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What Is Red Light Therapy?

by Kristin Bugden - December 13, 2022

If you search red light therapy, you’ll get results for all kinds of at-home gadgets ranging from face masks to wands to light panels (many of which promise a glowing complexion). And while red light therapy has become trendy for its potential skin-boosting benefits, that’s not all it has to offer. Keep scrolling to learn a bit more about red light therapy, what it can be used for and why researchers believe it may be effective at helping with certain conditions.

What is red light therapy?

First and foremost, what exactly is red light therapy? Also known as low-level laser therapy (LLLT), low-power laser therapy (LPLT), and photobiomodulation therapy (PBM), red light therapy is thought to help promote wound healing, tissue repair and skin rejuvenation. To break it down simply, red light therapy exposes you to both red light and near-infrared wavelengths.

If you’re getting cringey flashbacks to tanning beds, don’t fret: these specific wavelengths do not burn or damage the skin (unlike those dangerous UVA rays from the sun or found in tanning beds).

How does it work?

Okay, so how does exposing our skin to these wavelengths actually translate to something like a glowing complexion? The fancy term here is photobiomodulation, which basically means different components of our cells are activated when exposed to different wavelengths of light.

“Red light is thought to exert its benefit on a cellular level by encouraging mitochondria (the cellular organelle responsible for creating energy in the cell) to work harder,” says Adarsh Vijay Mudgil, M.D., medical director of Mudgil Dermatology.

“This purportedly has a host of downstream effects including reducing inflammation and stimulating collagen—which in turn—improves the appearance of one's complexion.**” Mudgil also points out that this kind of therapy can purportedly benefit various skin issues including acne, rosacea and wrinkles.**

Are there any side effects to be aware of?

If you’re thinking about trying out a red light treatment for the skin in particular, Mudgil notes that people with all skin types can partake, provided the treatments are performed in a safe manner under the direction of a professional.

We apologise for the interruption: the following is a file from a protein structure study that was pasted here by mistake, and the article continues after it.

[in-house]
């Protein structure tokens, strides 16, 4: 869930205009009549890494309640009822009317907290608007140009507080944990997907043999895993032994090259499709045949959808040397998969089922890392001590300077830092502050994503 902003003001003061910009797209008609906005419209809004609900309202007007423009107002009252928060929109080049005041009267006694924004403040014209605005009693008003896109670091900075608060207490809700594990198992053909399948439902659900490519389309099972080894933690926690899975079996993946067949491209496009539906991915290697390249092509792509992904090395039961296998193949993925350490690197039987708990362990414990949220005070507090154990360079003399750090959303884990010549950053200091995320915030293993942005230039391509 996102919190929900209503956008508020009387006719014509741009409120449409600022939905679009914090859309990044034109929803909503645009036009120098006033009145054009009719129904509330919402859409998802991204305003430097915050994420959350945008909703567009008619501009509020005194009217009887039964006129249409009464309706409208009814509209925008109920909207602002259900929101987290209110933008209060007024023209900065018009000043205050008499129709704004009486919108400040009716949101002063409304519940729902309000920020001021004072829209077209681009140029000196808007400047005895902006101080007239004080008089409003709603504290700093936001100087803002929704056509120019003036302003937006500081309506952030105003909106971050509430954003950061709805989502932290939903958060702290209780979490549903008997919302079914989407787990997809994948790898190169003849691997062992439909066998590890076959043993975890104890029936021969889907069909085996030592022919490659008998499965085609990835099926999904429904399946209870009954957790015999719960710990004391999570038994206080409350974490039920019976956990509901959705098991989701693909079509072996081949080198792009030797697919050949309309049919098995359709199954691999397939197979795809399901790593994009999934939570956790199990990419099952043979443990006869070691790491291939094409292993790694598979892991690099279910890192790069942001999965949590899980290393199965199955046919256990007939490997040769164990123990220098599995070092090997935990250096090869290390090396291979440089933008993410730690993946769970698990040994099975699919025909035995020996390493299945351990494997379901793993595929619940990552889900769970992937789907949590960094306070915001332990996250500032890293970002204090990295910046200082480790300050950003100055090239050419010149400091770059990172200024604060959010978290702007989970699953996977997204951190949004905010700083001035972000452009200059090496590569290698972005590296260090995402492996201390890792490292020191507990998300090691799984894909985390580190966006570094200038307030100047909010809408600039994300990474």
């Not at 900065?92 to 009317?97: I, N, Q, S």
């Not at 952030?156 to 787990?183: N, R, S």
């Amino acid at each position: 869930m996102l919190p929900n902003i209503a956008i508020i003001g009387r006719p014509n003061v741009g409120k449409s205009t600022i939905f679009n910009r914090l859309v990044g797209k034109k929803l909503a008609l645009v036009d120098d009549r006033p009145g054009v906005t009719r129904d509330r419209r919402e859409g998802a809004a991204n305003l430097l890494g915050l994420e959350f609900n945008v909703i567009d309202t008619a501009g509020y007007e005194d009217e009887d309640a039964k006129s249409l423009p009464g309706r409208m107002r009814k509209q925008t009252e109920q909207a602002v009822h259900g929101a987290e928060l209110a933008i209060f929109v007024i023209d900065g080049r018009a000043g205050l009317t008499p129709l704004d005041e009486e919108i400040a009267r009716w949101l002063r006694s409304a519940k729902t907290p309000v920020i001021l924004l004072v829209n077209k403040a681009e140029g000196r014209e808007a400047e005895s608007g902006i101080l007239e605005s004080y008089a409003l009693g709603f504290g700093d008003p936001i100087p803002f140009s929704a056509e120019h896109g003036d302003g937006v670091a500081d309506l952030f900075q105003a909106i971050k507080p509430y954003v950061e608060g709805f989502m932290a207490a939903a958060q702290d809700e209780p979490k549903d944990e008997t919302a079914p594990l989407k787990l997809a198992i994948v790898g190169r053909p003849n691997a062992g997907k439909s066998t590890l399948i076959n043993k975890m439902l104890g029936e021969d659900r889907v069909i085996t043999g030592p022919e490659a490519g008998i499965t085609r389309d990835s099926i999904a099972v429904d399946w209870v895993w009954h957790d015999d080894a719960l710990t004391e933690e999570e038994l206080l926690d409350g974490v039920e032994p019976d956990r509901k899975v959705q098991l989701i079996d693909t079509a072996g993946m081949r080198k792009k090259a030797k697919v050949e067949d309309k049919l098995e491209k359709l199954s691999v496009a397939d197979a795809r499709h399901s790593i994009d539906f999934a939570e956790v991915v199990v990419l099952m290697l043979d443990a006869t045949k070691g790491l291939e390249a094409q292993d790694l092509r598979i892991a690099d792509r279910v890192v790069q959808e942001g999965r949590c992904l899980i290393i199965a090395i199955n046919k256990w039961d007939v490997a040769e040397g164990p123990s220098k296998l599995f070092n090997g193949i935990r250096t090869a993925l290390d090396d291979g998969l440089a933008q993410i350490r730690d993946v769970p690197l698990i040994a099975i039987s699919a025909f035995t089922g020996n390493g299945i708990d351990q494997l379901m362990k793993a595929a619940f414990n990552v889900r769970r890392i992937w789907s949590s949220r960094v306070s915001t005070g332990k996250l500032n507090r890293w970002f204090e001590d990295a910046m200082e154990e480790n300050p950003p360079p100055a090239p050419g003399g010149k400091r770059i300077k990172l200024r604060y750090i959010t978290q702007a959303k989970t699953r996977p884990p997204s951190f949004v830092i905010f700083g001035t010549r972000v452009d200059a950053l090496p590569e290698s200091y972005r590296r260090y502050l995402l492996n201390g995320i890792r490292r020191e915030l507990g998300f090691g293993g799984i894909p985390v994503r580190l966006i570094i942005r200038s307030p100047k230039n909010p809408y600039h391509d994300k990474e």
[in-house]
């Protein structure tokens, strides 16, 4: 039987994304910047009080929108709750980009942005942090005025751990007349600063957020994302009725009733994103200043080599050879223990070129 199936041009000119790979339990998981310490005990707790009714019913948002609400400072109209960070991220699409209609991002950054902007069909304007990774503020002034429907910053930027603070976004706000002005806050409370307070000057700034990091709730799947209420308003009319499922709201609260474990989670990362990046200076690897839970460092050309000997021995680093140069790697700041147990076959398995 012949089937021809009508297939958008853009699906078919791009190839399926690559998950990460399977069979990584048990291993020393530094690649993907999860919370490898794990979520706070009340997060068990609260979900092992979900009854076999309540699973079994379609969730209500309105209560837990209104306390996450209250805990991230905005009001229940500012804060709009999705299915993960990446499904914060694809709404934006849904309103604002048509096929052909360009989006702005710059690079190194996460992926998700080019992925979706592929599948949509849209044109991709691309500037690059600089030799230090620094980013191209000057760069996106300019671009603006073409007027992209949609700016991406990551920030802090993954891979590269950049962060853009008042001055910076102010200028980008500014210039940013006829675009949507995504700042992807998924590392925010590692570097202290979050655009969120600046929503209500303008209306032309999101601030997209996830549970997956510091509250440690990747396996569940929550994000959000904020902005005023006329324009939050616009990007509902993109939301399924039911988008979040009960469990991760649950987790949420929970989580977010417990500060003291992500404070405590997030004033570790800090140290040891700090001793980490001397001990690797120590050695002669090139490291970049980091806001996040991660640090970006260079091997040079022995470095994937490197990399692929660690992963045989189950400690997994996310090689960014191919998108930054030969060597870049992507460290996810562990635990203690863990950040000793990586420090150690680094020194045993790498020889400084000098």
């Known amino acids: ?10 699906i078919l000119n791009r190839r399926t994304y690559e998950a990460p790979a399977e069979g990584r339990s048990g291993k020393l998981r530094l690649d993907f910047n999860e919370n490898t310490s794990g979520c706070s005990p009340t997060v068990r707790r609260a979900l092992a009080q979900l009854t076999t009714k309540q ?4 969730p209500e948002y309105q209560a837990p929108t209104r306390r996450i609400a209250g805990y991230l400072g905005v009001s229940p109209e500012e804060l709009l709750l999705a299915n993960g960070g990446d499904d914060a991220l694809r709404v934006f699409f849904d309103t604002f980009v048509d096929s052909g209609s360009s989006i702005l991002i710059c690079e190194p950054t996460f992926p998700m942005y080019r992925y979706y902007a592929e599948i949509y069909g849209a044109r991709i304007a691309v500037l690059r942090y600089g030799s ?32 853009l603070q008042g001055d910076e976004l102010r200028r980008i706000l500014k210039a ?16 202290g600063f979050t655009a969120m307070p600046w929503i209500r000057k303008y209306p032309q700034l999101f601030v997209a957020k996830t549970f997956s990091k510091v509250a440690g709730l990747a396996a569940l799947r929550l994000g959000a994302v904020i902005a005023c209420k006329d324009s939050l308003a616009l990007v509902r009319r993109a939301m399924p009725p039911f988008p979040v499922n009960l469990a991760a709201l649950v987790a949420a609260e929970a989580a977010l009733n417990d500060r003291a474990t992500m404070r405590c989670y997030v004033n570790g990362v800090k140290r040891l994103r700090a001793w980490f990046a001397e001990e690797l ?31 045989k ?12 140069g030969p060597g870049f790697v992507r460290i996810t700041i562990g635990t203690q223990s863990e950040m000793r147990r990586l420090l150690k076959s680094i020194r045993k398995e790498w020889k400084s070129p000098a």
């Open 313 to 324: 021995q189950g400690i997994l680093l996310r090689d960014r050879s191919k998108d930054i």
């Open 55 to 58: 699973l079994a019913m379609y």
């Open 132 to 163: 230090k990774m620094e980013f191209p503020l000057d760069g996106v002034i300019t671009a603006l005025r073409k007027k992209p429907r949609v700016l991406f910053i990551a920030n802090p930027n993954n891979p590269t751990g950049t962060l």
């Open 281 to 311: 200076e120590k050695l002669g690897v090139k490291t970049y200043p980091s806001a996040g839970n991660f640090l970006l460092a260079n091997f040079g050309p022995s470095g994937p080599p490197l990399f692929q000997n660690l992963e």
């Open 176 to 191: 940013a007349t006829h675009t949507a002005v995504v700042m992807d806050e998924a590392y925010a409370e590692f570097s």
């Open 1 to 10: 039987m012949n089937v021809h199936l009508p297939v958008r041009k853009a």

What about any side effects? Hadley King, M.D., a board-certified dermatologist, highlights that more scientific studies are needed when it comes to any aftereffects of these treatments. “In the short-term, LED lights seem to be safe, but long-term safety of these light therapies remains uncertain,” she says.

Are There Potential Uses For Other Treatments?

While experts agree more clinical studies are needed (many studies to date use small sample sizes), there has been some evidence that shows red light therapy may also help with the following: 

Dental pain: In one small study, people with a syndrome which causes discomfort and clicking in the jaw had less pain and jaw tenderness after red light therapy.**

Hair loss: Red light therapy is also gaining attention when it comes to hair loss. One study involved men with androgenic alopecia who were treated with red light therapy to an area of the scalp every other day for four months—the end of the study resulted in a 39 percent hair increase.** Another study demonstrated positive results for women dealing with the same issue. In the trial which involved 47 women, one group received red light treatment every other day for 16 weeks while the second group received a fake treatment. At the end, those who actively received red light therapy had a 39 percent hair increase compared to the placebo group.**

Wound healing: Studies have also found that red light therapy may even have the potential to help heal chronic wounds by encouraging new skin growth.**

    As with any other treatment, be sure to speak with your healthcare provider or dermatologist to determine if red light therapy is the right fit for you and your specific concern.

    Vital Note: This article has been made available for informational and educational purposes only. It is not intended to be a substitute for professional medical advice, diagnosis, or treatment. Always seek the advice of your physician or another qualified health provider with any questions you may have regarding a medical condition. Your licensed healthcare professional can best provide you with the diagnosis and treatment of any medical condition and assist you as well in deciding whether a dietary supplement will be a helpful addition to your regimen.